Dallas is home to one of the richest religious music scenes in the country. Over the summer, we'll be attending services, both big and small, of many denominations, as well talking to musicians , directors and pastors.
The Hills Church of Christ's 8:30 a.m. service is now their only a cappella worship service -- there are also six instrumental services now. But before they added those, The Hills main camps in North Richland Hills was the largest of the nation's 13,000 a cappella-only Churches of Christ.
With the lyrics on the big screen over the stage, the church sings classic hymns like "Holy, Holy, Holy" and "Blessed Assurance." It's one of the few a capella services in the area. "We do the a capella services well," Lead Worship Minister Ryan Christian noted. "It's vibrant, so they still love coming to attend that."
The Hills only offered a cappella services until six years ago. They began offering instrumental services hoping to attract new members, to the disappointment and disapproval of some of the more traditional members of the Churches of Christ. But their risk seems to have paid off: the instrumental services are more popular, especially among new members, and attract a more diverse congregation. The 11 a.m. service at the North Richland Hills campus even has a Spanish translator.
The a cappella services are led by one of the church's three twelve-member praise teams, which rotate each week. During every third week, when one's group is scheduled to perform, the members meet for about two hours on Wednesday night and then on Sunday morning for about two and a half hours, including the service time.
The Hills has only four full time worship ministers: Christian and Epps are in charge of the North Richland Hills campus, and then the Southlake and West Fort Worth campuses both have their own music directors. While it isn't required, all of the a cappella vocalists and all but three of the instrumental team are members of the church.
The church's main campus has a two-story lobby that includes a coffee shop, a gift shop, a kid's playground and TVs with video of the service. The attire of the congregation seems to match the music of the service; the a cappella service is a little more formal, with a good deal of suits and ties, whereas the instrumental services include more jeans. The Hills attracts about 5,000 total weekly attendees to its various campuses and services, with more than a thousand attending the single a cappella service.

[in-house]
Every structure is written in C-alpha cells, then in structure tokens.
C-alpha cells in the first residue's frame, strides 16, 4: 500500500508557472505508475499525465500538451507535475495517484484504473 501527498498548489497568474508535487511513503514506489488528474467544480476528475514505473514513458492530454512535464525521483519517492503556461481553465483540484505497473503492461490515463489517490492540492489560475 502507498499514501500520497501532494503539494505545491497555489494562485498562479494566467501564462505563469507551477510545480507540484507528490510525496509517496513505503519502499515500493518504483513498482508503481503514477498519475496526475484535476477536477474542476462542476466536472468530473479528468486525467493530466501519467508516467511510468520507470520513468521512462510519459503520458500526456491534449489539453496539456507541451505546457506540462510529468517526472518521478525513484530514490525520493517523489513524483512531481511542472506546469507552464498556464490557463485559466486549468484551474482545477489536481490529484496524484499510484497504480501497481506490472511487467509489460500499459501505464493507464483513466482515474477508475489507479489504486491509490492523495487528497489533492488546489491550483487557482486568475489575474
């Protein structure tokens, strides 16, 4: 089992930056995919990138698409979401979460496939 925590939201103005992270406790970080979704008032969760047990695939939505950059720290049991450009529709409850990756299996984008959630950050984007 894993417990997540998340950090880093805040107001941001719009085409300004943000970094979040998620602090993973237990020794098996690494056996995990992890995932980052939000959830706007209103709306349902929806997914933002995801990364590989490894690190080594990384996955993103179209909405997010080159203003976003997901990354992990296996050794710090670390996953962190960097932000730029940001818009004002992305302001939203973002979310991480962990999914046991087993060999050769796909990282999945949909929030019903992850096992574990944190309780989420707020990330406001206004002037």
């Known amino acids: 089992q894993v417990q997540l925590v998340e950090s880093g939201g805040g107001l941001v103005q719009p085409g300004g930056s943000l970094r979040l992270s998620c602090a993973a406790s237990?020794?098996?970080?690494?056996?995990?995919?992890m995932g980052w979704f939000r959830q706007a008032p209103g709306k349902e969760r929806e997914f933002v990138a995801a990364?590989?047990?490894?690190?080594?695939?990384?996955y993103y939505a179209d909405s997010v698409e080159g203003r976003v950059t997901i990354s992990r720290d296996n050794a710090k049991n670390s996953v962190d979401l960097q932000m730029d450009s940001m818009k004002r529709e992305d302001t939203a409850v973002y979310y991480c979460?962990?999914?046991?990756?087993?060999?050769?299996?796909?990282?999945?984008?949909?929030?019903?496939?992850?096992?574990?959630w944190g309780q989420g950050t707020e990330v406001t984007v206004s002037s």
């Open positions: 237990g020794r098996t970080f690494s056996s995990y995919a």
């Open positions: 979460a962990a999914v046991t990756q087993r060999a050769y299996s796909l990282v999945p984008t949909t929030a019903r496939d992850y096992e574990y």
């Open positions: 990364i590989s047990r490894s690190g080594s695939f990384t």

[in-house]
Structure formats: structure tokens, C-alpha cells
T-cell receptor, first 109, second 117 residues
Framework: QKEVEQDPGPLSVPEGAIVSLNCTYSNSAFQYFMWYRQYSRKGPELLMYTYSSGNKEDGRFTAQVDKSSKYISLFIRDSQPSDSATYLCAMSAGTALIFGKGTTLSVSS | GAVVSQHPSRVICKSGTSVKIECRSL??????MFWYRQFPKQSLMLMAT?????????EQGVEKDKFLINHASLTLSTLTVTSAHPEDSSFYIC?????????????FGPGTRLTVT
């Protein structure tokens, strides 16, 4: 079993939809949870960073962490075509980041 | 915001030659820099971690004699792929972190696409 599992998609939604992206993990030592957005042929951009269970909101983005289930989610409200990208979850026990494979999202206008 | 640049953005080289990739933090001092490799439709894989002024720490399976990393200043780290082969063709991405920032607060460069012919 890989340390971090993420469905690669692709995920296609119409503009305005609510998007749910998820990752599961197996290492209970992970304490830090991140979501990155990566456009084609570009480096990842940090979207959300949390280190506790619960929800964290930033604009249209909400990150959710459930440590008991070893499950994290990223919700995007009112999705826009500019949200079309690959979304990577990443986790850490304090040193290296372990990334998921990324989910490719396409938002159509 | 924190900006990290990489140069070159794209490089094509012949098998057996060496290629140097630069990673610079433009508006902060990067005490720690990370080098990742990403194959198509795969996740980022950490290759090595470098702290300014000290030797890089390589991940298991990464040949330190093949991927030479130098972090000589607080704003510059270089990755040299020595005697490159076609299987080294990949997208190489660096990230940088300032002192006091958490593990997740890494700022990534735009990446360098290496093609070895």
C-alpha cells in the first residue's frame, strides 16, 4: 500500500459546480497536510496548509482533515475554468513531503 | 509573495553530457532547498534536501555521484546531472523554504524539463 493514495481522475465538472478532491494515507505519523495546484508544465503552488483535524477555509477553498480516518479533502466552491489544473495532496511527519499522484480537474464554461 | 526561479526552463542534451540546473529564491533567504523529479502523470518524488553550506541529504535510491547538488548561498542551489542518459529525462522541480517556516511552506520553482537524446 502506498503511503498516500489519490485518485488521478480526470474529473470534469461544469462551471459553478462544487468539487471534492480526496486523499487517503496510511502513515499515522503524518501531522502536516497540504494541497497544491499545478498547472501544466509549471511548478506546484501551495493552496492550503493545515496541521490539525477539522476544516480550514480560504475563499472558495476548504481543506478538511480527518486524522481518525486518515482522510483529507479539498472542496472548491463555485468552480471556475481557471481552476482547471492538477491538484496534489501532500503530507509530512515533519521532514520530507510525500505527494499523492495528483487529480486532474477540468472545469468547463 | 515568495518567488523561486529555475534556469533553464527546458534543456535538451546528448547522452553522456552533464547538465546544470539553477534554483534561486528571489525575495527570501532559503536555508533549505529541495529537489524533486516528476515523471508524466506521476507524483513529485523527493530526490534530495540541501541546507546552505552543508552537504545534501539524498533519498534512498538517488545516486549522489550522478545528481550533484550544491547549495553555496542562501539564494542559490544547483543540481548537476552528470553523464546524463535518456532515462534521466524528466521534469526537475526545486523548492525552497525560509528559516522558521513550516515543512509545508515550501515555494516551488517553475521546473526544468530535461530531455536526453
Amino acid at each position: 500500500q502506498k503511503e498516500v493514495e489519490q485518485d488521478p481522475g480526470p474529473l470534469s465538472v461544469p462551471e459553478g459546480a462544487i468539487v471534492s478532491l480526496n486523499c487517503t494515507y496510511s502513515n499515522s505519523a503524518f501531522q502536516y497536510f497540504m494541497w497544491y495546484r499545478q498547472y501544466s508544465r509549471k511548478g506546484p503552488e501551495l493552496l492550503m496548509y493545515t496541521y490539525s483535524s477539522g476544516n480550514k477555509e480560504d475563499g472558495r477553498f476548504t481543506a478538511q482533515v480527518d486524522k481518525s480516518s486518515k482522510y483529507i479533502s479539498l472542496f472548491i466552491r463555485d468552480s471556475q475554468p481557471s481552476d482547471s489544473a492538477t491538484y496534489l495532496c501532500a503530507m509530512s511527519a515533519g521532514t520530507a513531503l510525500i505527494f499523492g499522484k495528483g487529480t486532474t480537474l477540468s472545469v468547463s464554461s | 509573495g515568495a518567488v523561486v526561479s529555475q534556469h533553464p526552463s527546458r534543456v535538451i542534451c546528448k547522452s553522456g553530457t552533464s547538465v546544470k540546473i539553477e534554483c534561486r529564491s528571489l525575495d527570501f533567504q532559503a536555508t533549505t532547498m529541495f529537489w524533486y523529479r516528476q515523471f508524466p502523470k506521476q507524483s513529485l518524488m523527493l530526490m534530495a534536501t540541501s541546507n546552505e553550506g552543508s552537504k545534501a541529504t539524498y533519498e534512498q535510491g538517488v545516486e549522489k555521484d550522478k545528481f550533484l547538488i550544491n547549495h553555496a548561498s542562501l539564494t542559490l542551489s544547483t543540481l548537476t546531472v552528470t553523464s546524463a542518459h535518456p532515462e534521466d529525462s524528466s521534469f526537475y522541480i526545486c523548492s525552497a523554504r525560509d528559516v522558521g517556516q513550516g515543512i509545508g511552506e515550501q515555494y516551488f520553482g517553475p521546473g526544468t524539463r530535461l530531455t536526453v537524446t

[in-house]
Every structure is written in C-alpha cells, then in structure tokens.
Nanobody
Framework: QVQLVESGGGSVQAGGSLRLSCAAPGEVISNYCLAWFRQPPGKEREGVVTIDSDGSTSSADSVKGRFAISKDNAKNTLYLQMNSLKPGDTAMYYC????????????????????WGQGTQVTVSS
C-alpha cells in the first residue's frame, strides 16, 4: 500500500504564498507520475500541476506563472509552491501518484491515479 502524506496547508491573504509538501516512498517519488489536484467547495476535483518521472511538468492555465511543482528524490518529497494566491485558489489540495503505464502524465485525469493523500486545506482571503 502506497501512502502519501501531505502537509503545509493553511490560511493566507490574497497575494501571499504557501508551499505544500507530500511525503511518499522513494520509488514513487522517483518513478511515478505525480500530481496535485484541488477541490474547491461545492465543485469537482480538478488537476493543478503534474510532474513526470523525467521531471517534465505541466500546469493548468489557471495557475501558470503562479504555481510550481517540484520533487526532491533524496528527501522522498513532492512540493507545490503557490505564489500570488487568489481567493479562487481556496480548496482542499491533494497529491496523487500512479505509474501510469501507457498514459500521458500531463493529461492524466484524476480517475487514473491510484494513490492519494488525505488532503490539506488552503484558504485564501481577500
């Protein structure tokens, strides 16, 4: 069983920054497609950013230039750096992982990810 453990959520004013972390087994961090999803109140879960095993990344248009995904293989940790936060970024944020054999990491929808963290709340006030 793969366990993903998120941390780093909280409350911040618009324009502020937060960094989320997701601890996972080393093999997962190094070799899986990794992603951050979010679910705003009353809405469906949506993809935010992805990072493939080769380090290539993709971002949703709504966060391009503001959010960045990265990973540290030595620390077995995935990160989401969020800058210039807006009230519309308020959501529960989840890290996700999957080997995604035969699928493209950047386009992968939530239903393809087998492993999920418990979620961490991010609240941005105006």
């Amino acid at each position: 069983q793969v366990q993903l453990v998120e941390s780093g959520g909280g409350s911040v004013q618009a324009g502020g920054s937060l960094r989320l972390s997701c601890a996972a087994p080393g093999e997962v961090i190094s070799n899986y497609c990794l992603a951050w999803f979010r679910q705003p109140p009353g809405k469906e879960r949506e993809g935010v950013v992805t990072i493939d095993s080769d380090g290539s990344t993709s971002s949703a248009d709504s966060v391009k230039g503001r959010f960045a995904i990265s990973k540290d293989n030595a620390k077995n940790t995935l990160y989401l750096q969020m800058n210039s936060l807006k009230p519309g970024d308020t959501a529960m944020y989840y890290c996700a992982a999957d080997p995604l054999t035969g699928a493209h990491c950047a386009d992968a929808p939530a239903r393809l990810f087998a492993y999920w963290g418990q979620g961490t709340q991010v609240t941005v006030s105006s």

Lead worship minister Ryan Christian has seen The Hills' music program grow and evolve. Christian, who began working with the church full-time sixteen years ago, is the church's first ever full-time paid music employee. Christian has been involved with their music since he joined twenty years ago; he was on of the 'praise teams,' as the twelve-member ensembles of vocalists are called. The music program consisted of all volunteers until Minister Atchley reached out to Christian about joining full-time. At the time, Christian was working at a local bank and, initially, was very reluctant. However, after helping out part time for a few months and praying with his wife, Christian quit his job with the bank and joined The Hills.
Growing up in Lubbock, Christian was more interested in sports than music, and even played basketball for a year at Abilene Christian University. Not only did he have a late start, the accounting major was never involved with the actual music program at ACU. Still, during his time at ACU, he sang with an a cappella group that toured churches throughout the year, even performing in Eastern Europe at one point. He's even won two International Chorus Championships gold medals as a baritone for the Dallas-based men's chorus The Vocal Majority.
So while the more contemporary instrumental services are more popular, Christian's background was much more experienced in a cappella music. In fact, Christian didn't know how to play any instruments until six years ago when they added the new worship band. Since then, he's learned how to play the acoustic guitar and piano.
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Another full-time paid staff member, Jeremy Epps leads the instrumental services with Christian. Before The Hills hired him almost six years ago when they were adding the instrumental services, Epps worked at a recruiting firm in Dallas. Epps has played music since he was a teenager and began leading worship services while attending Abilene Christian University.
John Ward, a 28 year-old part-time paid staff member, is in charge of the high school arts and worship ministry. Ward, who formerly went by John Spengler, has been playing in bands since he was in junior high. The former front-man of It is Well has played in various venues around the area, including the (now-closed) Gypsy Tea Room in Deep Ellum.
While he's only been with the church for about two years, Ward appreciates the church's diverse music and congregation. He's worked with other churches, but he especially loves that The Hills has "the strengths of the heritage and wisdom of an older generation mixed with the energy and vivaciousness of youth." He largely attributes that to the fact that they "run the gamut stylistically," offering the more traditional a cappella service as well as the more contemporary instrumental services, which, he says, "is similar to what you would hear at a music festival or anything else we as a culture listen to. We're in the same world around the same people as everybody else. The intent is the obvious difference, but stylistically anything from M83 to the Civil Wars is fair game."
"Our church sings out, sings passionately," Christian told me. "There is a unifying factor that all together we're worshipping God and we're seeking Him together."